Treatment of Calvin Fairbank in Kentucky Prison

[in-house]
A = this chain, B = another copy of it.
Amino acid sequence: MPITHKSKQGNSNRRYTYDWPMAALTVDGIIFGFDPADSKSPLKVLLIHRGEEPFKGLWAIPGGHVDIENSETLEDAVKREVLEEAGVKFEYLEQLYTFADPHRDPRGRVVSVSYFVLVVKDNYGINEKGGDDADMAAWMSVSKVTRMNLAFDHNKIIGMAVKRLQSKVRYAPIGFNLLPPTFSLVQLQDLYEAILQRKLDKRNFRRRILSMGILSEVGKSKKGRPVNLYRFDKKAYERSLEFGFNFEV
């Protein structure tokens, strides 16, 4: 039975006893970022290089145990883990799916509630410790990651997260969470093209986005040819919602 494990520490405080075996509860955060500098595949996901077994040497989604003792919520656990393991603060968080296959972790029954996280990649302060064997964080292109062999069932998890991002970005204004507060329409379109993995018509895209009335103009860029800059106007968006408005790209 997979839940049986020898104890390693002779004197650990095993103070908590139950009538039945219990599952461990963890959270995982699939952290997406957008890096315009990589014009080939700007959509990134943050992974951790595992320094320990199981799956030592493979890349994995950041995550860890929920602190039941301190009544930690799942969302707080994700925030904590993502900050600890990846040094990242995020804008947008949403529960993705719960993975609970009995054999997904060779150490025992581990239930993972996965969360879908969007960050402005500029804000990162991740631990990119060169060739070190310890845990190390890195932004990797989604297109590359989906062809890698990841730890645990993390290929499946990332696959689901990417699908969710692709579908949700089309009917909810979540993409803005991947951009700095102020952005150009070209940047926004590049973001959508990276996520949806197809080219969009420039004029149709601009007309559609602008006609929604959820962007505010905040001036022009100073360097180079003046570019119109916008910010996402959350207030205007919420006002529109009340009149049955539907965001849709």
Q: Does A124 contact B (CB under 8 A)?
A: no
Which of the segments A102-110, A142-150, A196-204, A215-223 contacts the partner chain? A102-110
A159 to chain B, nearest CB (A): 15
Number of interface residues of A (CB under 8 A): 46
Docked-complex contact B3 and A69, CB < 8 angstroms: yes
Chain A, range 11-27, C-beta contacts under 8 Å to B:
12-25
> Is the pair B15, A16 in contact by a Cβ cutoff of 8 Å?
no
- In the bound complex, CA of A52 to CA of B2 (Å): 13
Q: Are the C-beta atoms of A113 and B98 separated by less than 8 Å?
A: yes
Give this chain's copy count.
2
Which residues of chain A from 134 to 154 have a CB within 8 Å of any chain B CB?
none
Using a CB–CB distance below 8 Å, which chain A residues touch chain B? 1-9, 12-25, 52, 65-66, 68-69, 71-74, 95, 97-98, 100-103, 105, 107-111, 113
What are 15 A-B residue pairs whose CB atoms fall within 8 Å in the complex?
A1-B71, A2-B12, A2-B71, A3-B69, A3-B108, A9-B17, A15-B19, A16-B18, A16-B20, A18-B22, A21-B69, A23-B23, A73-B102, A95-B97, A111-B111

” It will be remembered that Calvin Fairbank, for his connection with Miss Webster in the slave escape from Frankfort, was in the State’s prison of Kentucky, and by the paymeht of the price of certain slaves, was pardoned by the Governor….. A few years ago, he was suspected of having some share in the responsibility of aiding a female fugitive, by the name of Tamas, in fleeing across the territory in Indiana to Canada.  Under this suspicion, he was kidnapped by officers of Kentucky, carried across the Ohio river, and in Louisville tried for this crime, convicted, and sentenced for life to the State Prison, where he now is.  This was a crime, if it be one by the laws of any State, committed in Indiana, and by one who had not been in the State of Kentucky since he was an occupant of her prison, and pardoned out only the conditition that he should never come within the jurisdiction of the State again. While manifesting every disposition to keep away, he is kidnapped by legal authority in a neighboring State, tried and convicted of a crime not committed within her borders. He is now dying by inches in the Kentucky prison — treated in a manner that would disgrace the barbarism of any barbarous people. ”     (Liberator, January 26, 1855, pg 4)